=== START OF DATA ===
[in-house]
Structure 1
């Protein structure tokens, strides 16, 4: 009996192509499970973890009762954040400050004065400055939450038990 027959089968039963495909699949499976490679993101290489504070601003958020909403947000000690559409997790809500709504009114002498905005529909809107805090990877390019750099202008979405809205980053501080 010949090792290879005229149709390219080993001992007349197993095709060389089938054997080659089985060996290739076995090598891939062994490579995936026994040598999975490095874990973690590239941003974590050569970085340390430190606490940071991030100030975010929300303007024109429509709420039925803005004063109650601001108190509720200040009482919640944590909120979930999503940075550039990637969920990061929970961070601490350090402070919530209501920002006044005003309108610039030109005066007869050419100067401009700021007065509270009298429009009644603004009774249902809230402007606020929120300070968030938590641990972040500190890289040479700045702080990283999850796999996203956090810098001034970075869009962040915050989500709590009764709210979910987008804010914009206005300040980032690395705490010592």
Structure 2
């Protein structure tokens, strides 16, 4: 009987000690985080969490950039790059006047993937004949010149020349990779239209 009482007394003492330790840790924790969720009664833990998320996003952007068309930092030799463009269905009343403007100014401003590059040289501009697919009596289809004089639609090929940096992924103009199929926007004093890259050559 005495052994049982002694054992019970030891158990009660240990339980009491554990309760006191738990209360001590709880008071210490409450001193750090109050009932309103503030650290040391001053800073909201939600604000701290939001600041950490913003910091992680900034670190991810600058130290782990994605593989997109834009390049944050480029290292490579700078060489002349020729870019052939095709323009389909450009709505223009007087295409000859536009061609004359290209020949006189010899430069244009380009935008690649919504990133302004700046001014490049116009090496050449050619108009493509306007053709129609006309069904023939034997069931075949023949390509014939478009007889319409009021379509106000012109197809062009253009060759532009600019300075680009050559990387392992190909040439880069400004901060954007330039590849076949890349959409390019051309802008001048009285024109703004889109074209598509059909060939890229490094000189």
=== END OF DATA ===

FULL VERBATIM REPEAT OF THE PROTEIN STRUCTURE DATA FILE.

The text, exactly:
[in-house]
Structure 1
């Protein structure tokens, strides 16, 4: 009996192509499970973890009762954040400050004065400055939450038990 027959089968039963495909699949499976490679993101290489504070601003958020909403947000000690559409997790809500709504009114002498905005529909809107805090990877390019750099202008979405809205980053501080 010949090792290879005229149709390219080993001992007349197993095709060389089938054997080659089985060996290739076995090598891939062994490579995936026994040598999975490095874990973690590239941003974590050569970085340390430190606490940071991030100030975010929300303007024109429509709420039925803005004063109650601001108190509720200040009482919640944590909120979930999503940075550039990637969920990061929970961070601490350090402070919530209501920002006044005003309108610039030109005066007869050419100067401009700021007065509270009298429009009644603004009774249902809230402007606020929120300070968030938590641990972040500190890289040479700045702080990283999850796999996203956090810098001034970075869009962040915050989500709590009764709210979910987008804010914009206005300040980032690395705490010592």
Structure 2
């Protein structure tokens, strides 16, 4: 009987000690985080969490950039790059006047993937004949010149020349990779239209 009482007394003492330790840790924790969720009664833990998320996003952007068309930092030799463009269905009343403007100014401003590059040289501009697919009596289809004089639609090929940096992924103009199929926007004093890259050559 005495052994049982002694054992019970030891158990009660240990339980009491554990309760006191738990209360001590709880008071210490409450001193750090109050009932309103503030650290040391001053800073909201939600604000701290939001600041950490913003910091992680900034670190991810600058130290782990994605593989997109834009390049944050480029290292490579700078060489002349020729870019052939095709323009389909450009709505223009007087295409000859536009061609004359290209020949006189010899430069244009380009935008690649919504990133302004700046001014490049116009090496050449050619108009493509306007053709129609006309069904023939034997069931075949023949390509014939478009007889319409009021379509106000012109197809062009253009060759532009600019300075680009050559990387392992190909040439880069400004901060954007330039590849076949890349959409390019051309802008001048009285024109703004889109074209598509059909060939890229490094000189």